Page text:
Dr. Raymond Woosley: The pandemic has directly affected AZCERT because it created the need for the rapid development of new drug treatments. The medical community is racing to examine currently available medications to see if they could be repurposed as treatments for COVID-19. In this rush, many people have overlooked the known toxicity of several drugs and their potential harm, including sudden death.
Two of these drugs, hydroxychloroquine, and chloroquine, gained tremendous attention and were even given “Emergency Use Authorization” by the FDA so that doctors would prescribe them with only minimal evidence of their efficacy for treating COVID-19. AZCERT was overwhelmed by the general press and the medical press with requests to provide analysis of the potential risk of these drugs and to help correct the outdated drug labels being provided by many of the manufacturers for these generic drugs. Our publications and blog postings helped call attention to the need for care when using these drugs.
COVID-19 also prompted AZCERT to accelerate the launch of a new decision support platform for safe prescribing, MedSafetyScan (MSS). MSS builds upon twenty years of AZCERT’s experience, providing credible information on the safe use of medicines and the results from an FDA-funded project to develop a clinical decision support (CDS) system for hospitals. Like the hospital-based CDS system now in place in many hospitals around the world, MSS calculates a risk score for each patient’s risk of developing dangerous changes in their electrocardiogram that are associated with sudden death. In addition, MSS performs an analysis to detect the potential for major drug interactions. Unlike most systems in use today, MSS only reports those recommended by the FDA or Medicare/Medicaid. Finally, MSS identifies only the highest risk patients. When they are detected, MSS sends the prescriber an advisory with suggestions for managing or mitigating the risk of drug-induced harm specific to each patient’s profile.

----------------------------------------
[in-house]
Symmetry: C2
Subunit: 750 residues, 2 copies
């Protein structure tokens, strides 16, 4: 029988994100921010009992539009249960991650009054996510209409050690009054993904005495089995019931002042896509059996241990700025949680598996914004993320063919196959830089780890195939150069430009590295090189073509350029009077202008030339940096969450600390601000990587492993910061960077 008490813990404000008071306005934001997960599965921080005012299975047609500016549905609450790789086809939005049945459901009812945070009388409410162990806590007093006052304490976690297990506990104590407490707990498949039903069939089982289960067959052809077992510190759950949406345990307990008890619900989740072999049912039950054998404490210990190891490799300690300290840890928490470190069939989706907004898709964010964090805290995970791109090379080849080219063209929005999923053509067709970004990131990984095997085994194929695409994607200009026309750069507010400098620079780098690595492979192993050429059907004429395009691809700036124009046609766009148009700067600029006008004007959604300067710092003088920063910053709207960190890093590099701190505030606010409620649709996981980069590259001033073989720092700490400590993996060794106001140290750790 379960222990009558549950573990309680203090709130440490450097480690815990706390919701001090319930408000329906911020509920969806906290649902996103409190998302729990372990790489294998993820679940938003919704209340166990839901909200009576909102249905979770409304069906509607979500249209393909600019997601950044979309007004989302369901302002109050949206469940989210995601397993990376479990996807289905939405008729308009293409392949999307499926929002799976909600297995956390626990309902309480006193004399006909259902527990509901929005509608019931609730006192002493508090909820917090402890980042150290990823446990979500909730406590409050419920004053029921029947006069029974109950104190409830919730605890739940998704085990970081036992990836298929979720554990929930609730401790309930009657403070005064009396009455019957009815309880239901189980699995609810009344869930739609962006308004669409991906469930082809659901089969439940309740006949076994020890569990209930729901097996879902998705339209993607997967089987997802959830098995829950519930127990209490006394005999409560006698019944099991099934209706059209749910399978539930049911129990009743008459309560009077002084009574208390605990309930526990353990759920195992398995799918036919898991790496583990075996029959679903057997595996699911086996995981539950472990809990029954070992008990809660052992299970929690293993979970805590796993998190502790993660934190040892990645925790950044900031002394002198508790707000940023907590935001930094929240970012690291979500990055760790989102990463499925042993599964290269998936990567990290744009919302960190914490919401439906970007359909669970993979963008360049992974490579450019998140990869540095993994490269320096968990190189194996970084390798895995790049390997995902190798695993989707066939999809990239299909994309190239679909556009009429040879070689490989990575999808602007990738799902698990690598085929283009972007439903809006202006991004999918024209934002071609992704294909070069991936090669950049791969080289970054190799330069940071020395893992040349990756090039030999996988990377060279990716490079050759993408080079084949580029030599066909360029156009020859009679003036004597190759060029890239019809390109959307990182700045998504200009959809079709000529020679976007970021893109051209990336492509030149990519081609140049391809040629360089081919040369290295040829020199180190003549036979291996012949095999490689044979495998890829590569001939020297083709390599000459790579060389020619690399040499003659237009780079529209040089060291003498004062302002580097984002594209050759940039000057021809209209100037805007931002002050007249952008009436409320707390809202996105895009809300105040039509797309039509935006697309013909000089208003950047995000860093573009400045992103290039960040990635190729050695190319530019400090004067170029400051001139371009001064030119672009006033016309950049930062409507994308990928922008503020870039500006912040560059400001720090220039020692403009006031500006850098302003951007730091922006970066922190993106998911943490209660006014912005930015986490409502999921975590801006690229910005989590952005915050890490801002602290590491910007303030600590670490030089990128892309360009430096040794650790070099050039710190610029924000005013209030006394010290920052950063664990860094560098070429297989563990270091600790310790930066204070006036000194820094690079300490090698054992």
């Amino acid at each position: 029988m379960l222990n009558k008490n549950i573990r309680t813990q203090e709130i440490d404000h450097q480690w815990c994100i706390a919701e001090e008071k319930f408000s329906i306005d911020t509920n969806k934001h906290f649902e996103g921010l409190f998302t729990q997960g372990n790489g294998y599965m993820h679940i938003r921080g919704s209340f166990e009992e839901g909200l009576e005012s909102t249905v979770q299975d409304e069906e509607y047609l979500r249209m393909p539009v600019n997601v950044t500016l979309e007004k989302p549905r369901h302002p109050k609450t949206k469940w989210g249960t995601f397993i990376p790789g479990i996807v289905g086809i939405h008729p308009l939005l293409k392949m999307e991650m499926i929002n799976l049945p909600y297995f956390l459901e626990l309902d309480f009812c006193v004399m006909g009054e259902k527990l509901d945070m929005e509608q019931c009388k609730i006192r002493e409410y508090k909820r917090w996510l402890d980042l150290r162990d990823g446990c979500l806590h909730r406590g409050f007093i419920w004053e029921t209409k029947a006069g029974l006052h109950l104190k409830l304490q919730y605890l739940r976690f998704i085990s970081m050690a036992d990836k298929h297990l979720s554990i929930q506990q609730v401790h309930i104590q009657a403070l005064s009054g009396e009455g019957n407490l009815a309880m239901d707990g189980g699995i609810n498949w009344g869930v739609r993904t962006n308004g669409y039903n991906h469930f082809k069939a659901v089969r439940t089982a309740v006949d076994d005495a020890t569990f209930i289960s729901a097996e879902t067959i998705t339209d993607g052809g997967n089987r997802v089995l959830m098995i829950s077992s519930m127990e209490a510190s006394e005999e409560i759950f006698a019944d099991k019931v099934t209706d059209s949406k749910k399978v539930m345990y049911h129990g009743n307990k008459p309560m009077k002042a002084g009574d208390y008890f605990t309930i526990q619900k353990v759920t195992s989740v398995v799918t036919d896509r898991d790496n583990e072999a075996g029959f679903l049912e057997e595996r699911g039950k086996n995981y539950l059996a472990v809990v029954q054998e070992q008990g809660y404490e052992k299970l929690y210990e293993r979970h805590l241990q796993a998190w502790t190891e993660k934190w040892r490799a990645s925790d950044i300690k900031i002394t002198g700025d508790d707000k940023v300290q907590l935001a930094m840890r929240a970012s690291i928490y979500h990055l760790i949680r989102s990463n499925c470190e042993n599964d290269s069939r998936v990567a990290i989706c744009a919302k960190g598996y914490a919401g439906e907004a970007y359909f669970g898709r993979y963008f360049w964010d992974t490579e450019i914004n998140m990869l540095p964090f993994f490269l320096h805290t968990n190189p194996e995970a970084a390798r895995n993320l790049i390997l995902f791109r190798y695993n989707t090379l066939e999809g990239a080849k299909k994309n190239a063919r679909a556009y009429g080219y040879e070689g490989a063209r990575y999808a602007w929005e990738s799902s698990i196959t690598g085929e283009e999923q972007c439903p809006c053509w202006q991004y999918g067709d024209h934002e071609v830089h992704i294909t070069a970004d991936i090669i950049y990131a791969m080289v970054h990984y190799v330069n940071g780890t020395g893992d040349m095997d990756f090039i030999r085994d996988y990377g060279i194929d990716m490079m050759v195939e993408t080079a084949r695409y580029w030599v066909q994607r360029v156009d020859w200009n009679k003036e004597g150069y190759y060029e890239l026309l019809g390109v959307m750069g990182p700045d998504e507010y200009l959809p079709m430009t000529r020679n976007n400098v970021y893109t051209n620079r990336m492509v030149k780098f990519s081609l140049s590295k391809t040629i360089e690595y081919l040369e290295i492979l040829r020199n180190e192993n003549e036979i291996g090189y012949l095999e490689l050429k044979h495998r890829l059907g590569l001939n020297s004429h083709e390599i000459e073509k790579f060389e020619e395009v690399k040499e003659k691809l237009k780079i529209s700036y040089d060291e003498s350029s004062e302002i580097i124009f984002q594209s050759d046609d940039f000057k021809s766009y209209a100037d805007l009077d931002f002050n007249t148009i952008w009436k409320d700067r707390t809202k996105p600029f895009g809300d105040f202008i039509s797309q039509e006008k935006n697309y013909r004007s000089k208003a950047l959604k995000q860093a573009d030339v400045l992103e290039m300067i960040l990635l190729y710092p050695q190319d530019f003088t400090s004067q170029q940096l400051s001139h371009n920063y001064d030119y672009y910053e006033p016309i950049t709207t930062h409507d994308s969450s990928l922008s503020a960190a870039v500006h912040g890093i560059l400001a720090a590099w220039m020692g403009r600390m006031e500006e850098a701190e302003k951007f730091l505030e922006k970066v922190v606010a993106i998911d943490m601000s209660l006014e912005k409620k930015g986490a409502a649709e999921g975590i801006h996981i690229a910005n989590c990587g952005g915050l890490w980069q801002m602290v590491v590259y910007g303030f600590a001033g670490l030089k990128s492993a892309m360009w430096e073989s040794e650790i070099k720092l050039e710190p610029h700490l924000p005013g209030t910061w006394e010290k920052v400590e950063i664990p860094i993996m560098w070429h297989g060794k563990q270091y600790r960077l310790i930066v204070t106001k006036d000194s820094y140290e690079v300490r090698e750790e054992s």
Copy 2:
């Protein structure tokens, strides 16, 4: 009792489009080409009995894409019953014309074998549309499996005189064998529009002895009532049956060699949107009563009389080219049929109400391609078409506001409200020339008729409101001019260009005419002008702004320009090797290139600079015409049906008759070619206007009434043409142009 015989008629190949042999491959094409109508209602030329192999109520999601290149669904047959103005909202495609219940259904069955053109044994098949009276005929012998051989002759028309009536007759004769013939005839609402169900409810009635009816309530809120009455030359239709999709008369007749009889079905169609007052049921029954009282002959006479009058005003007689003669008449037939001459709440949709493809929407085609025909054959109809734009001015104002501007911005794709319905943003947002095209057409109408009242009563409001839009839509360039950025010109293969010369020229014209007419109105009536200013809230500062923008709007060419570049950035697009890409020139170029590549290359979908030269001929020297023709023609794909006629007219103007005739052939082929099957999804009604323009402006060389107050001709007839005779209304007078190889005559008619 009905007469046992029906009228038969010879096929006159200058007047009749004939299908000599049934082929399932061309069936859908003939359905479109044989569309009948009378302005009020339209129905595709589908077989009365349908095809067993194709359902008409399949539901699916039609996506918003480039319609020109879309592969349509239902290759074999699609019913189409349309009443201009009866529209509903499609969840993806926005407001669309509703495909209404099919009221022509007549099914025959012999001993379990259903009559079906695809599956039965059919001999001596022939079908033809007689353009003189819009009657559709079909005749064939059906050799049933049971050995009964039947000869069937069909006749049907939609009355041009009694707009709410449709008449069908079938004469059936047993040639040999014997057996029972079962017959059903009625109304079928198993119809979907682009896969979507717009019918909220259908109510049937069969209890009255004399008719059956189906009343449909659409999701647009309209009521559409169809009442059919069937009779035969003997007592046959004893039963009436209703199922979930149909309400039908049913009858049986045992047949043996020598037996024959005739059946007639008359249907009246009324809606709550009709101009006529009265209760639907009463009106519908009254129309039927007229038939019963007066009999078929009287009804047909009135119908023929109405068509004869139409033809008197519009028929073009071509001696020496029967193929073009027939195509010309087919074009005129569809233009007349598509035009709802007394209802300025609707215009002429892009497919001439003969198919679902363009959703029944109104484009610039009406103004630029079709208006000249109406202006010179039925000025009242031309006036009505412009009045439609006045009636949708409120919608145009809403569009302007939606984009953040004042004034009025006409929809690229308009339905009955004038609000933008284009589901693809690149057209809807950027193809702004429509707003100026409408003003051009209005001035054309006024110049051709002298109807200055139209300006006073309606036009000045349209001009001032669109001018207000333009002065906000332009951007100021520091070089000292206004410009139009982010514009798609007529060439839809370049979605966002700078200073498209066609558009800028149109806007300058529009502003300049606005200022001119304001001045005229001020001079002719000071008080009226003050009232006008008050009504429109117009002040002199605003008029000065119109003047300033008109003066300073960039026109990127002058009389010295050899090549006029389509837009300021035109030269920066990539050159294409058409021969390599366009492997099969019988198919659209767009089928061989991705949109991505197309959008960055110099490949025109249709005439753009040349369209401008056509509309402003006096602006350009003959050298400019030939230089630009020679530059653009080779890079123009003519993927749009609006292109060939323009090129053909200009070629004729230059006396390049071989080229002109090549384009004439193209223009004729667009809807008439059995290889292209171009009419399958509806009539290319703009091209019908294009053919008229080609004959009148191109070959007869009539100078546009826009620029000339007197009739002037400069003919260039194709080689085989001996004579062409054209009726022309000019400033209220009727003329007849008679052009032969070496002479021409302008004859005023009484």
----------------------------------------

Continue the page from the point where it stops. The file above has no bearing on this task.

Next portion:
Because many of the drugs being tested for treatment of COVID-19 have a known risk of QT prolongation and because the most ill COVID-19 patients have other risk factors for sudden death, AZCERT released MSS to the clinical researchers and healthcare providers to use the web-based version of MSS free of charge. Over 2,500 clinicians in 75 countries have registered to use MSS, and the initial feedback is very positive.
Making MSS available free to the medical community for use in clinical research or caring for patients with COVID-19 has been a rewarding experience in many ways.
However, it has not been without costs due to loss of opportunity to license MSS and the underlying technology (QTdrugs), which would create a revenue stream needed to maintain, market, and augment the technology.
Did you have to make difficult choices, and what were some of the lessons you have learned?
Dr. Raymond Woosley: Offering MSS for use by COVID-19 researchers and healthcare providers was difficult because of the potential impact on future revenues. The feedback on MSS that we have gotten from so many COVID-19 investigators has taught us that the program is solid and provides users perceived value that can now be evaluated in trials that assess its effect on clinical outcomes.
How are you dealing with stress and anxiety that comes from having to accelerate this process?
Dr. Raymond Woosley: I deal with the stress and anxiety by remembering the hundreds of patients, some friends, and family members, who have suffered severe harm from mistakes in medication prescribing. I manage the stress by knowing that our work is important and provides solutions to problems that have eluded medicine for decades.
Who are your competitors, and what distinguishes your services from theirs?
Dr. Raymond Woosley: Our competitors are mostly for-profit companies that provide medical information to healthcare systems and prioritize the risk of litigation over prescribers’ needs and patient safety.
We offer better products for prescribers based only on credible and valid science and have the functionality to support optimal clinical practice without interfering with it.
Any final thoughts?
Dr. Raymond Woosley: Innovation is often measured by the market size of a product. While market success is essential for utilization and, therefore, impact, products that reduce harm and improve lives are also needed in our current healthcare environment.